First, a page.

“Women’s health” is one of the fastest growing industries promising skincare routines, regimes to improve physical health, and routines to improve women’s mental health. Yet, there are very few places women can turn to that seek to embrace the whole person. This furthers the cycle of women feeling more alone and not recognized for their wholeness. Furthermore, very few women-targeted companies, brands, and organizations actually bring women closer to other women.

Endow is different. Endow calls women together to study the important documents of the Catholic Church. The heart of Endow is not a product, a nugget of wisdom, or a self-improvement tool. The heart of Endow is women— women coming together to grow and flourish as faithful daughters of God. When women are engaging their whole self, mind, body, and soul with other women seeking to grow in their relationship with God, the “magic” of the feminine genius comes alive. The plague of loneliness attacking women today can be cured when the wholeness of women is received by another woman. In an Endow group, women embrace their intellectual genius, their spiritual genius, and their entire feminine genius. Studying the truth of the faith with other women reveals the mission each woman is called to and slowly cures the lie that women are alone in the world.

When you join or start an Endow group, you are not just signing up for spiritual nourishment. While there is plenty of spiritual growth, you are truly signing up to be received in whole by other women. If you are lonely, have hope because there is a cure for this plague. Coming together with other women to grow spiritually, intellectually, and emotionally will combat your loneliness and draw you deeper into your feminine vocation.

Pope John Paul II once said, “The worst prison would be a closed heart.” We, especially as women, are called to open our hearts in service to others. When we close our hearts, we become lonely and incapable of carrying out our vocation as women. Edith Stein urged women to understand that “our neighbor’s spiritual need transcends every commandment. Everything else we do is a means to an end. But love is an end already since God is love.” When we extend friendship to the women around us, we participate in God’s eternal love. If you are feeling lonely, be the woman to open her heart to the women around you! Say yes to authentic friendship and be of service to the Church by opening your heart to other women. Your small yes to starting or joining an Endow group will create a ripple effect in our culture to participate not in a culture of loneliness but in God’s eternal love.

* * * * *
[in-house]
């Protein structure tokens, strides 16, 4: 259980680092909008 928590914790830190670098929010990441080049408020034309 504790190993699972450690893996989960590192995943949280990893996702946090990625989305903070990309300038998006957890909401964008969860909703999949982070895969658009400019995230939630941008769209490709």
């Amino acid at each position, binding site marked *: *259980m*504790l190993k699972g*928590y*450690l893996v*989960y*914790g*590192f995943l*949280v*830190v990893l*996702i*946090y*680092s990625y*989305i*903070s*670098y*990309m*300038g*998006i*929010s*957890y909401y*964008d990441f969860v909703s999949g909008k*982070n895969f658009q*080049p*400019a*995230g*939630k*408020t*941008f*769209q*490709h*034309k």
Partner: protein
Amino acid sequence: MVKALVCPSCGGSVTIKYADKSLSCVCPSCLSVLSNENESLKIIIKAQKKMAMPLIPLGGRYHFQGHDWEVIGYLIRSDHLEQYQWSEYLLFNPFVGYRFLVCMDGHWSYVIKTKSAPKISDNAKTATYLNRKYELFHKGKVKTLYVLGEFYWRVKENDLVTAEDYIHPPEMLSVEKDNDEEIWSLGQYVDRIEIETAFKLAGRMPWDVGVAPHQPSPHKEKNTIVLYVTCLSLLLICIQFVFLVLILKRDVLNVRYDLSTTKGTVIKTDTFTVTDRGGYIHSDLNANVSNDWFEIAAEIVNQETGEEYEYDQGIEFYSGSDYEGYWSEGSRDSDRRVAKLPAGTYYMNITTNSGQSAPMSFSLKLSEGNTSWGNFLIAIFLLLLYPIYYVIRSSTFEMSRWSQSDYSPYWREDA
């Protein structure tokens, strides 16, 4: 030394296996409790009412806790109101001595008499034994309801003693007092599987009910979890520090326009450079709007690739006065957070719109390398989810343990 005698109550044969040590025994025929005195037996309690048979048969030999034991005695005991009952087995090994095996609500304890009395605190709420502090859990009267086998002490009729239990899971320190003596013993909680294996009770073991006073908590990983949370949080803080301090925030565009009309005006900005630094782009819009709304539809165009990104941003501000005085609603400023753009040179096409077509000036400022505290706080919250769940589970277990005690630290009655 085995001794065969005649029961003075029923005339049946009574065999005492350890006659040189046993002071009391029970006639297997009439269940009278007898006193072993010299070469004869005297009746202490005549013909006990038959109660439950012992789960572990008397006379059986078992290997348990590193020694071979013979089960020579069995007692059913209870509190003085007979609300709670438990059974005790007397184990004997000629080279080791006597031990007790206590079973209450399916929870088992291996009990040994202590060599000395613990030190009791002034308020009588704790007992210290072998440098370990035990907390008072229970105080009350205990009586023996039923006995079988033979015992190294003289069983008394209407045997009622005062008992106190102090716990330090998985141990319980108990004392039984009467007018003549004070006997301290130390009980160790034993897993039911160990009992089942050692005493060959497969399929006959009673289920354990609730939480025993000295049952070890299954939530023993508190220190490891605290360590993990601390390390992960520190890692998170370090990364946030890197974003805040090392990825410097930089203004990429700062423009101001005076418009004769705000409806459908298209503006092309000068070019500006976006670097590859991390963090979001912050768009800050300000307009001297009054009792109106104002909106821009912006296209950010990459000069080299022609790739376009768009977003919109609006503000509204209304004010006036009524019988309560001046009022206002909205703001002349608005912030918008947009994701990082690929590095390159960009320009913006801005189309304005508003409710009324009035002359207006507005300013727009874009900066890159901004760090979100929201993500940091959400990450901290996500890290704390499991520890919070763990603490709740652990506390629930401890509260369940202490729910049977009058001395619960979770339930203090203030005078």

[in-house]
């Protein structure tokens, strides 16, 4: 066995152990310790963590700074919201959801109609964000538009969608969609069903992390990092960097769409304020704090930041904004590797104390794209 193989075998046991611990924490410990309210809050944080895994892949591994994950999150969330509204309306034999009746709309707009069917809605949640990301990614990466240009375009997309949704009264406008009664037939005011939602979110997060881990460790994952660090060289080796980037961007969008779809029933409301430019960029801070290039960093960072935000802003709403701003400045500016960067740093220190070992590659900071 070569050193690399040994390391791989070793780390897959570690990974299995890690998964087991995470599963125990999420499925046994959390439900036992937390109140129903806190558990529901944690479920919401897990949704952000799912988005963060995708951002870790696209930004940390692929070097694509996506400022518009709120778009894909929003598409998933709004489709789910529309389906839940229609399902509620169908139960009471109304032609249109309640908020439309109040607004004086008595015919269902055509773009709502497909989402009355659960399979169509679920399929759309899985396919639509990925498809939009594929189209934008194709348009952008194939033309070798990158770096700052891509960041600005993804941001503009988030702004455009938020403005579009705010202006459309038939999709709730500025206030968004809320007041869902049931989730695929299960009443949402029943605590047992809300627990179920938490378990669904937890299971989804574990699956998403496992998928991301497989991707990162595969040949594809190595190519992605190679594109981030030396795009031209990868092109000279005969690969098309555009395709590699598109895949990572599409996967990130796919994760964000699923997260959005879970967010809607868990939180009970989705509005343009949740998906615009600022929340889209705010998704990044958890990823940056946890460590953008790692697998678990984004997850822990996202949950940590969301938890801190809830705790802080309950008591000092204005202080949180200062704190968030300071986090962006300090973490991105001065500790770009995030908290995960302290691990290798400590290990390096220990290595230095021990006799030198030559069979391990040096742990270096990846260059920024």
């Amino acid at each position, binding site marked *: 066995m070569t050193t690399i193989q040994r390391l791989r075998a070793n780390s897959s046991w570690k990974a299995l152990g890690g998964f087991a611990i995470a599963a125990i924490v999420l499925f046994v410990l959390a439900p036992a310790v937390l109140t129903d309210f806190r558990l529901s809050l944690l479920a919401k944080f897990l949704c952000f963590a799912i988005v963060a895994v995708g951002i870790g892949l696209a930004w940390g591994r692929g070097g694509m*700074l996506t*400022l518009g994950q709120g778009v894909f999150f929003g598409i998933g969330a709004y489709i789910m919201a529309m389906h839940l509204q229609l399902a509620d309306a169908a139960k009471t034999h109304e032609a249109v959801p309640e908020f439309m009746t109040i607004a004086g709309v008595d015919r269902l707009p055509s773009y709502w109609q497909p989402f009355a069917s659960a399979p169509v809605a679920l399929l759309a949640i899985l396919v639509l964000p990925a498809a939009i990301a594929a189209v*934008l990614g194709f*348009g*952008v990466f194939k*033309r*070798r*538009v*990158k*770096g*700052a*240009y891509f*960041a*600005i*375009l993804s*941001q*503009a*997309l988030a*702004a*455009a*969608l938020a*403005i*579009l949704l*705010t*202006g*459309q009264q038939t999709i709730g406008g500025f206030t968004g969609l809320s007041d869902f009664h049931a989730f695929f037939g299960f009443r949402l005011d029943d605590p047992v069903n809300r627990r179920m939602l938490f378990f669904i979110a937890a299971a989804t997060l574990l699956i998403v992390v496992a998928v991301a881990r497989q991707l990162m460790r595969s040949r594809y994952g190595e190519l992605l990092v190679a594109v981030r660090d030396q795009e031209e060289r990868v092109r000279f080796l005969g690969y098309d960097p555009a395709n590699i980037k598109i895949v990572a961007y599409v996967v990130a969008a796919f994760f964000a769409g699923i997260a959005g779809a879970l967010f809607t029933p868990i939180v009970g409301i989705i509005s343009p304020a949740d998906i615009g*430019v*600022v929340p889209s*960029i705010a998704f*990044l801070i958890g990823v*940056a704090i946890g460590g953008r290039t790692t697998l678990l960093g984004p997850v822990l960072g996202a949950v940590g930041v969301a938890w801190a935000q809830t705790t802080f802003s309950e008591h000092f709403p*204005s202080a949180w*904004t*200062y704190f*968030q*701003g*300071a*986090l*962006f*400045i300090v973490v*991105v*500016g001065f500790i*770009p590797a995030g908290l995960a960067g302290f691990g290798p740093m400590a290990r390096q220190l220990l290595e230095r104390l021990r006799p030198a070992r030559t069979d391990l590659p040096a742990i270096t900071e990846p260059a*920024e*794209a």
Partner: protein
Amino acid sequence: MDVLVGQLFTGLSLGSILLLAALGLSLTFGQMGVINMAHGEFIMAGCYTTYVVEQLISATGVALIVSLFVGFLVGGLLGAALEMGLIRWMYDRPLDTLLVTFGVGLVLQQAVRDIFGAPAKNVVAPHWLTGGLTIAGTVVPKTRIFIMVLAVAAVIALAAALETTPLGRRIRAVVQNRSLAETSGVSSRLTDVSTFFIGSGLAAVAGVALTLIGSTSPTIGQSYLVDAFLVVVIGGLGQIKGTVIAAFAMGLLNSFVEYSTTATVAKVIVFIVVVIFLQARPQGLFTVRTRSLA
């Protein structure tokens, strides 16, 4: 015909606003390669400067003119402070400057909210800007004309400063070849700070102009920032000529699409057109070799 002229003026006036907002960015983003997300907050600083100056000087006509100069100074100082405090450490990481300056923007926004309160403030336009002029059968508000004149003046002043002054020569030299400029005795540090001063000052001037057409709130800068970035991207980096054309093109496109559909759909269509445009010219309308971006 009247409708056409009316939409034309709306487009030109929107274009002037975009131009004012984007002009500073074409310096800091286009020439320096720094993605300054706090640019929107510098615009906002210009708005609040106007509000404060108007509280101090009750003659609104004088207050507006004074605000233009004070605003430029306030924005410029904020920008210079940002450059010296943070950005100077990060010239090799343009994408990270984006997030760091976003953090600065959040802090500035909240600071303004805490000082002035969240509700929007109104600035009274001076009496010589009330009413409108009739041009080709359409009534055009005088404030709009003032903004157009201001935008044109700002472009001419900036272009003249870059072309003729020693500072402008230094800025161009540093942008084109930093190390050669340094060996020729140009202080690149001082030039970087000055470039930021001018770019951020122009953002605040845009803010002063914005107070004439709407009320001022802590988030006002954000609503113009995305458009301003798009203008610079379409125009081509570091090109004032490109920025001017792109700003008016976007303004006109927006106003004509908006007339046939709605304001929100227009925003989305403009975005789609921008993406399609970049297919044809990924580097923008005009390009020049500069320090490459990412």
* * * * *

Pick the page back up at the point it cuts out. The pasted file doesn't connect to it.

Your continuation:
[1] Thomson, Helen. “A Third Of Women Are More Afraid Of Loneliness Than A Cancer Diagnosis.” Forbes, Dec 18, 2017. https://www.forbes.com/sites/helenthomson/2017/12/18/a-third-of-women-are-more-afraid-of-loneliness-than-a-cancer-diagnosis/?sh=46711e877509 Accessed July 10, 2023.

[2] Self, Monty “Why we Need to Change Our Culture of Loneliness.” Good Faith Media, Apr 29, 2021. https://goodfaithmedia.org/why-we-need-to-change-our-culture-of-loneliness/ Accessed July 10, 2023.

[3] Edith Stein, “Finite and Eternal Being,” VIII, iii, p. 516

[4] Edith Stein, “The Ethos of Women’s Professions,” p. 45

[5] Renner, Ben. “Survey: Average American hasn’t made a new friend — In 5 years!” Study Finds. Oct 9, 2019.  https://studyfinds.org/survey-average-american-hasnt-made-new-friend-in-5-years/ Accessed July 10, 2023

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Julia O'Neil is the Marketing and Development Manager for Endow. She is uniquely equipped to serve Endow through her experiences with many Catholic apostolates, including Annunciation Heights, FOCUS, Life Teen, and Renewal Ministries. Her experience as a Catholic Worldview Fellow sparked her interest in the relationship between beauty and culture. She earned a Bachelor of Arts in Philosophy and Religion from Hillsdale College. Julia is passionate about epistemological issues and the need to provide sound philosophical formation to effectively prepare young Catholics for catechesis. Her studies also focused on classical education and literature. Julia currently writes from Denver, Colorado, where she enjoys beautiful views of the Front Range from her home. She enjoys Denver's outdoor opportunities with her fiancé.